Chefchaouen – The Blue City
Introduction to Chefchaouen
Set dramatically beneath twin peaked mountains, Chefchaouen or Chaouen is achingly beautiful. It’s fresh, clean, lovingly taken care of and very friendly. Founded in 1471, Chefchaouen was a Moorish fortress for exiles from Spain. Over time, the city grew and welcomed Jews and Christian converts alike.
Its buildings have all been dipped in shades of blue paint as Jewish teachings suggest by adding blue dyed thread to prayer shawls, people would be reminded of the power of God. Here you can watch women and children washing carpets and clothes in public washing units – complete with scrubbing blocks, by the side of the river, before laying them out to dry on the rooftops. There are public ovens and baths and through every other doorway you will see craftsmen hard at work using traditional methods.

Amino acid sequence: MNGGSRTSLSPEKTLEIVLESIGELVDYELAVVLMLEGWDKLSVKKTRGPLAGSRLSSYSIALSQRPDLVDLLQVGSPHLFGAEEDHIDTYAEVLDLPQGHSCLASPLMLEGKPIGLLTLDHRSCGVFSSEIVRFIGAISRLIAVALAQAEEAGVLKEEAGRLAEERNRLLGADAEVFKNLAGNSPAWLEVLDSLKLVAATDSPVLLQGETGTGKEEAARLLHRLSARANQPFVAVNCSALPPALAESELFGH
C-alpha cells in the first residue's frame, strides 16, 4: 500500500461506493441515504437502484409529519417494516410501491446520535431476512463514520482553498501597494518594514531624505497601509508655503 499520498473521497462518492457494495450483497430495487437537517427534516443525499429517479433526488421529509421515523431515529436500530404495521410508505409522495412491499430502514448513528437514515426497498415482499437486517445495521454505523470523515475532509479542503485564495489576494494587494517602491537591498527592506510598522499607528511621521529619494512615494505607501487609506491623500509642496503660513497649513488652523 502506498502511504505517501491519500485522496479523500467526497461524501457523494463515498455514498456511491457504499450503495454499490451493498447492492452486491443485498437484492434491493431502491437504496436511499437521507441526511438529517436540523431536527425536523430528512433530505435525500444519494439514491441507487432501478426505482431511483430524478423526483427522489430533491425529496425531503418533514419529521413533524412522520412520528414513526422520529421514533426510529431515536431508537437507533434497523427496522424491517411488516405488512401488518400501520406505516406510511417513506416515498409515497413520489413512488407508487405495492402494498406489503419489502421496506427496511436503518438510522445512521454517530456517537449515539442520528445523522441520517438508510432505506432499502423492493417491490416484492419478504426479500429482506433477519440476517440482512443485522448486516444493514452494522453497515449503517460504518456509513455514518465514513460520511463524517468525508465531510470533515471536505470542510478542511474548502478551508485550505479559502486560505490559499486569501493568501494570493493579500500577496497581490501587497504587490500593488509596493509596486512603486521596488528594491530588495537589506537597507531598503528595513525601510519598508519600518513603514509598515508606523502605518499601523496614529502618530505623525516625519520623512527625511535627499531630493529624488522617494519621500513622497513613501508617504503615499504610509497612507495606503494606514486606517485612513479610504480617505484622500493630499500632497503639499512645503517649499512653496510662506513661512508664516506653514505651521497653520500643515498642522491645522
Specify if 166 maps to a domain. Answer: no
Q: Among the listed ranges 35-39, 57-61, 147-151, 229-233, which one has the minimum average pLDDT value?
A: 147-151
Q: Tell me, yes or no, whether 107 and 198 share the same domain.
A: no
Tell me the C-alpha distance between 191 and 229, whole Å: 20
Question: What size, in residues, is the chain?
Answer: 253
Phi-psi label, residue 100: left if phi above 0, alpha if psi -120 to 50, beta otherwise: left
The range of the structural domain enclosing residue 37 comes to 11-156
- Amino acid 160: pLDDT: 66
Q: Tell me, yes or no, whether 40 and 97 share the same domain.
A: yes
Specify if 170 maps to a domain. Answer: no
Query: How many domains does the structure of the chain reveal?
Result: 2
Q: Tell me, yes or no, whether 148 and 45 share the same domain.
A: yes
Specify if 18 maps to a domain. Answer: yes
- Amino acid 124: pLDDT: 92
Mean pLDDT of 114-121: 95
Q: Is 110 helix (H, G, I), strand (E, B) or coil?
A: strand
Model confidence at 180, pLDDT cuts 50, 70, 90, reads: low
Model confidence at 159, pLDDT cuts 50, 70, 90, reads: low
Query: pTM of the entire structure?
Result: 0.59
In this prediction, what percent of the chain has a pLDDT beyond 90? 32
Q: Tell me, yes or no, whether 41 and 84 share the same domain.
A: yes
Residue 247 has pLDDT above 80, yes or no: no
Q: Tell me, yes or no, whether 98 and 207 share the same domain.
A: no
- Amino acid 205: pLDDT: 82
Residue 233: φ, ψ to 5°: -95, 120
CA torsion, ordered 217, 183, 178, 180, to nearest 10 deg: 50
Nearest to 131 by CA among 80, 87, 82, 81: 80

Just far enough off the beaten track to discourage most tourists but offering something more authentic to those that seek it; the calm, arty environment is a welcome alternative from a hectic city tour. The steep streets are cobbled and virtually traffic free. Chefchaouen is a holy city of Islam and consequently alcohol is not routinely served but most establishments don’t mind if you request to take your own and are discreet.